Chipotle, a burrito chain known for its hip music scene, on Sunday drew in thousands on Twitter with a flurry of bizarre tweets. For a brief period of time, it seemed as if Sen. Chuck Grassley (R-Iowa) had taken over its social media, and it was amazing:
A guy named "Joe" came online and suggested the account had been hacked:
But the tweets remained -- a tell-tale sign that it might have been a hoax. On Wednesday, Chipotle representative Chris Arnold confirmed to Mashable that the off-beat tweets were indeed intentional. "We thought that people would pay attention, that it would cut through people's attention and make them talk, and it did that," he said. "It was definitely thought out: We didn't want it to be harmful or hateful or controversial."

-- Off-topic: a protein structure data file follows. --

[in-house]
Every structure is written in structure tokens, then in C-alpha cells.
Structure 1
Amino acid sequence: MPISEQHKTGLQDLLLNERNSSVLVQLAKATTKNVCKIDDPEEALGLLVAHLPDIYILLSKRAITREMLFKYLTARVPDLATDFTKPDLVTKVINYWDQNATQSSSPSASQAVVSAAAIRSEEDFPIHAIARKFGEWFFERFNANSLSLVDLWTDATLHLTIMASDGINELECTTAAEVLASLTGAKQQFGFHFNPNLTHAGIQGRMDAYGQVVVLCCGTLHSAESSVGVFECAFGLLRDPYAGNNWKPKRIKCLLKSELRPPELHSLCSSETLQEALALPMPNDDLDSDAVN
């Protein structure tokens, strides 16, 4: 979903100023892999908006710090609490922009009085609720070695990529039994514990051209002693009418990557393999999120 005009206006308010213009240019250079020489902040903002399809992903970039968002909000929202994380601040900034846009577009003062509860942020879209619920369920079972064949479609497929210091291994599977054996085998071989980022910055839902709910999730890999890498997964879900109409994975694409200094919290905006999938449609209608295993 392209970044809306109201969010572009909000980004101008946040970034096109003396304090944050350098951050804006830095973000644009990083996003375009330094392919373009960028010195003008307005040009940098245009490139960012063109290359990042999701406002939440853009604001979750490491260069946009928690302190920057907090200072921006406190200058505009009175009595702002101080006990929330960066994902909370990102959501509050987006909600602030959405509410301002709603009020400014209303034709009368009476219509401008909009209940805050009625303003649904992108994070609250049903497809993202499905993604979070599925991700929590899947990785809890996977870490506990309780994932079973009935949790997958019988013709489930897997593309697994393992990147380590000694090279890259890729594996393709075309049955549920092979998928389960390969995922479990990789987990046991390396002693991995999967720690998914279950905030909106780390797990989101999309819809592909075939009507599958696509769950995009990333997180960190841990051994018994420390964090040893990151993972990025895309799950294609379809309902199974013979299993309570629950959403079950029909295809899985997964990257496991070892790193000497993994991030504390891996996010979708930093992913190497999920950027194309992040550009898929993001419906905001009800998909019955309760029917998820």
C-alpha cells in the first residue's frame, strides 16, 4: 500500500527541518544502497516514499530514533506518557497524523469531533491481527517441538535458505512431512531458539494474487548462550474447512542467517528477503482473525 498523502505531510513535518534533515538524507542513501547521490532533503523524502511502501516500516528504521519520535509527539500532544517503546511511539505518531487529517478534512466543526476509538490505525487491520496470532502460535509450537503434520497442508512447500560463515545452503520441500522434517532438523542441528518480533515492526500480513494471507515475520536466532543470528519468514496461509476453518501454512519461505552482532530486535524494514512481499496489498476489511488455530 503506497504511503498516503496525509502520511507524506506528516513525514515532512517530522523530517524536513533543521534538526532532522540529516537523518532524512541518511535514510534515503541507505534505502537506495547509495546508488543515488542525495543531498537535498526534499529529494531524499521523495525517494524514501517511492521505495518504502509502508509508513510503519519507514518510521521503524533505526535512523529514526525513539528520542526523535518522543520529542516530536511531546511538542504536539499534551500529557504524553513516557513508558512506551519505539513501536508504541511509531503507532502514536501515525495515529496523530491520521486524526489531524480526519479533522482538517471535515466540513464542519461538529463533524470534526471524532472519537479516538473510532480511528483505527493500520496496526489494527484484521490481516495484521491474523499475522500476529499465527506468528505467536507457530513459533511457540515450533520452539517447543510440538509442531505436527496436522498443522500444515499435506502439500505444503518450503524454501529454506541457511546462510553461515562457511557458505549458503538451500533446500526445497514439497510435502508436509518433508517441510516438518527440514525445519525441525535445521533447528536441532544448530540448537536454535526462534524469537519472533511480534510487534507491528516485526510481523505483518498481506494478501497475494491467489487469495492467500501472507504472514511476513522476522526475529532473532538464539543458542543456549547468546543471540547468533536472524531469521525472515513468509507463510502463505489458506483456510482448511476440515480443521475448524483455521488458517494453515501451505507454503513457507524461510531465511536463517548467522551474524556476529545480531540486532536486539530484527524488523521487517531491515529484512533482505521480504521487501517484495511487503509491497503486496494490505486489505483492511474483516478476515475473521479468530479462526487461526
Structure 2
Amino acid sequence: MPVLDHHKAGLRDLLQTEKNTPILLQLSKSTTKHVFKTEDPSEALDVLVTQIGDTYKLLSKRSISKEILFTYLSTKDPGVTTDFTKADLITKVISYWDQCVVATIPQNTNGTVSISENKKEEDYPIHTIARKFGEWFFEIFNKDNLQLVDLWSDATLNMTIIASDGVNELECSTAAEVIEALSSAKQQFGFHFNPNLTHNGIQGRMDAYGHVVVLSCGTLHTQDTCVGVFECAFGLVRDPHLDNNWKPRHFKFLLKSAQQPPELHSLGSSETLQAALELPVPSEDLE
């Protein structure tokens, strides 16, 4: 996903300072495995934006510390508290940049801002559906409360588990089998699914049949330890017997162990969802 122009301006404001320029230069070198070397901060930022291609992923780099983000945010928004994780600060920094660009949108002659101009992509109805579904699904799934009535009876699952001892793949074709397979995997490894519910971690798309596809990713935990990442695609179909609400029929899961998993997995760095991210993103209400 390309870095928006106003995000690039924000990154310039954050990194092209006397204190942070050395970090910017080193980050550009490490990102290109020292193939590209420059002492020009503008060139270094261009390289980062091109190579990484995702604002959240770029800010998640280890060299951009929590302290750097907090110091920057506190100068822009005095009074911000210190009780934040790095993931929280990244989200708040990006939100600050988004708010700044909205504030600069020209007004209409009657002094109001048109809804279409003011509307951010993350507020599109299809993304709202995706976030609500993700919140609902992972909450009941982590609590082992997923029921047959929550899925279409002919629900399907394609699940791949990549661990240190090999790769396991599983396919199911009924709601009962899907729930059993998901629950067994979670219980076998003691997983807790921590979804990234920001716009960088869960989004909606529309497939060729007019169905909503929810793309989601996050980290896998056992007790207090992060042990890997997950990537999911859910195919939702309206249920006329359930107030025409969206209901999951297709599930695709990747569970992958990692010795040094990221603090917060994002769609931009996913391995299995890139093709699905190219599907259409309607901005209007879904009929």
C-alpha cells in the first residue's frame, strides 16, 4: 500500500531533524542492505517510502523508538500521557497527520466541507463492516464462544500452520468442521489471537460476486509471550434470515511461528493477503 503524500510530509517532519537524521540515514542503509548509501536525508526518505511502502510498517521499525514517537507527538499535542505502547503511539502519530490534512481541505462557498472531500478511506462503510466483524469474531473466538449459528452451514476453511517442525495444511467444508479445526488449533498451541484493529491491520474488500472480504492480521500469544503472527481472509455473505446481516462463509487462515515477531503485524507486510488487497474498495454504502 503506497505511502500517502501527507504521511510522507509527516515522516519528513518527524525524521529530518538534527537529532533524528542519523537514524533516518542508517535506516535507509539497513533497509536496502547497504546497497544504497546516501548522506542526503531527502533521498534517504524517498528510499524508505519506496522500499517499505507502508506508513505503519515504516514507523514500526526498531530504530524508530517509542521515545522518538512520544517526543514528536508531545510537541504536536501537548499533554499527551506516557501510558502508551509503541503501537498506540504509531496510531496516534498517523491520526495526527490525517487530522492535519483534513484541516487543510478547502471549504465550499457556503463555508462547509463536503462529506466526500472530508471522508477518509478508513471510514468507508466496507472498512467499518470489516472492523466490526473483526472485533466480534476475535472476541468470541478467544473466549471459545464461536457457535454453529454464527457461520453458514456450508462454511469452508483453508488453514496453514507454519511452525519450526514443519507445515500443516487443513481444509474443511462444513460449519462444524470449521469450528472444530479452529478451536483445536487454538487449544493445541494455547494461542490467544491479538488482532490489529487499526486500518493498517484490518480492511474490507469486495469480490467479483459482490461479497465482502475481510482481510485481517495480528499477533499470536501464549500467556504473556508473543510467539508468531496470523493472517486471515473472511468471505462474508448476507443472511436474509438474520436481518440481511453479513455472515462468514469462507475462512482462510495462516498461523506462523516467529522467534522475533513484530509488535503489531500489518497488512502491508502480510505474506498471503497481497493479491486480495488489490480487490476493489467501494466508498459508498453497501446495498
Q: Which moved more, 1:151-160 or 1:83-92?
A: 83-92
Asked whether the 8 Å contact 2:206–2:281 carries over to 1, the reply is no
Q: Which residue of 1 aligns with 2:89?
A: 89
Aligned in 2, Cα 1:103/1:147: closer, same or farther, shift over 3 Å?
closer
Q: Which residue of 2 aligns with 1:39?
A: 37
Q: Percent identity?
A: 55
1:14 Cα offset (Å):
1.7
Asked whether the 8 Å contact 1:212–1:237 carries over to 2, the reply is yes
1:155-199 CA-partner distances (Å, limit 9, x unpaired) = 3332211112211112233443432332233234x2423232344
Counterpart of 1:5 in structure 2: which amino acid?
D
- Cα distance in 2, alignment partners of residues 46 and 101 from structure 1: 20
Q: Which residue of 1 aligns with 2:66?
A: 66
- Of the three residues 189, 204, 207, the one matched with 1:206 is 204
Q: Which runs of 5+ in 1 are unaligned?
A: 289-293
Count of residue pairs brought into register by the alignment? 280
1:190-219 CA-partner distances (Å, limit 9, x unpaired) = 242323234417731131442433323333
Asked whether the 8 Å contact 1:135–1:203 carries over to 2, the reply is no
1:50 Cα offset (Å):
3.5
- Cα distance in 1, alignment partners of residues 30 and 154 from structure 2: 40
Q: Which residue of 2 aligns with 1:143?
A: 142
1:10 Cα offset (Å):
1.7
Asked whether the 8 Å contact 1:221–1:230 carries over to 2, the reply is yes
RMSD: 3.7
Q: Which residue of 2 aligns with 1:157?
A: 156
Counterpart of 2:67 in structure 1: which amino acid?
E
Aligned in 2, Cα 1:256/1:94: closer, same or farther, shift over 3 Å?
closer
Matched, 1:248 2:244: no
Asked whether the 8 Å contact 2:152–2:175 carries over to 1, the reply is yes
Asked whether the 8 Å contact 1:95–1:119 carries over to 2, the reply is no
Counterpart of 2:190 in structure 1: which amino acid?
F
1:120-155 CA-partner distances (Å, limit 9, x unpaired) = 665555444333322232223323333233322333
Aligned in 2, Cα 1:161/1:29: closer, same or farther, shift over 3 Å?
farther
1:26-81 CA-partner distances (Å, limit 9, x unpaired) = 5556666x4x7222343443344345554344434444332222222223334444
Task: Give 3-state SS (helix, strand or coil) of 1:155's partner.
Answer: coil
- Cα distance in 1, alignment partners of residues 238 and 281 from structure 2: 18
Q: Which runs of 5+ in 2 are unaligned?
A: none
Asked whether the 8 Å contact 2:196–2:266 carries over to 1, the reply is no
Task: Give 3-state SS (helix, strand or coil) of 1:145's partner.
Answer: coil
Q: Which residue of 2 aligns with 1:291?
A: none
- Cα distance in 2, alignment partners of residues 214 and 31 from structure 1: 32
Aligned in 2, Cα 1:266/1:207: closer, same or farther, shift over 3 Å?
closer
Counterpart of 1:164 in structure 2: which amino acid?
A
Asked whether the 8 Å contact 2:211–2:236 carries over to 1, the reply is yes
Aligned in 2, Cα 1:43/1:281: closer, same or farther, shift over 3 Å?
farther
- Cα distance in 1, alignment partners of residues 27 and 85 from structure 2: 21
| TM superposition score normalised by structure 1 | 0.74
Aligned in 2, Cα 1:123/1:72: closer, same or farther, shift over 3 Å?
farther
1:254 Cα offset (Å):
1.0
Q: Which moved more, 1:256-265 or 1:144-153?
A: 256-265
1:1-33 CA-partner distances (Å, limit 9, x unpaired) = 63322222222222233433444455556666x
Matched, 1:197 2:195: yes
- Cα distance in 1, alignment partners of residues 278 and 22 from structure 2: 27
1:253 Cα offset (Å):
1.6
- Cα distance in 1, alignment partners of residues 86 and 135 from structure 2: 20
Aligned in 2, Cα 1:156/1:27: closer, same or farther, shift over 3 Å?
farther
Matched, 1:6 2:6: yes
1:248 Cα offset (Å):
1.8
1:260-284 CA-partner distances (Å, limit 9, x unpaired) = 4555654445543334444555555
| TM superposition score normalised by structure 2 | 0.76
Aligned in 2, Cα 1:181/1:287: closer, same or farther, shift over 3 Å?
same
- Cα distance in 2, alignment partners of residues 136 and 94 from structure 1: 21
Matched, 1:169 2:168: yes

It worked, adding 4,000 followers -- as opposed to the average 250 -- to the account in one day, but come on Chipotle, way to kill a joke. Brand snafus, like local news bloopers, or typos made by a major media outlet, are funny exactly because their work is by definition serious. If you want to be intentionally funny, do something where we are all in on the joke, like Pizza Hut or Netflix did.
According to Arnold, however, the reaction to the stunt was "overwhelmingly positive."
"In fact, he says the company may go so far as to release a t-shirt tied with the words 'Please Twitter end Twitter,' one of the infamous tweets from the episode."
That...yeah, no. Please don't do that.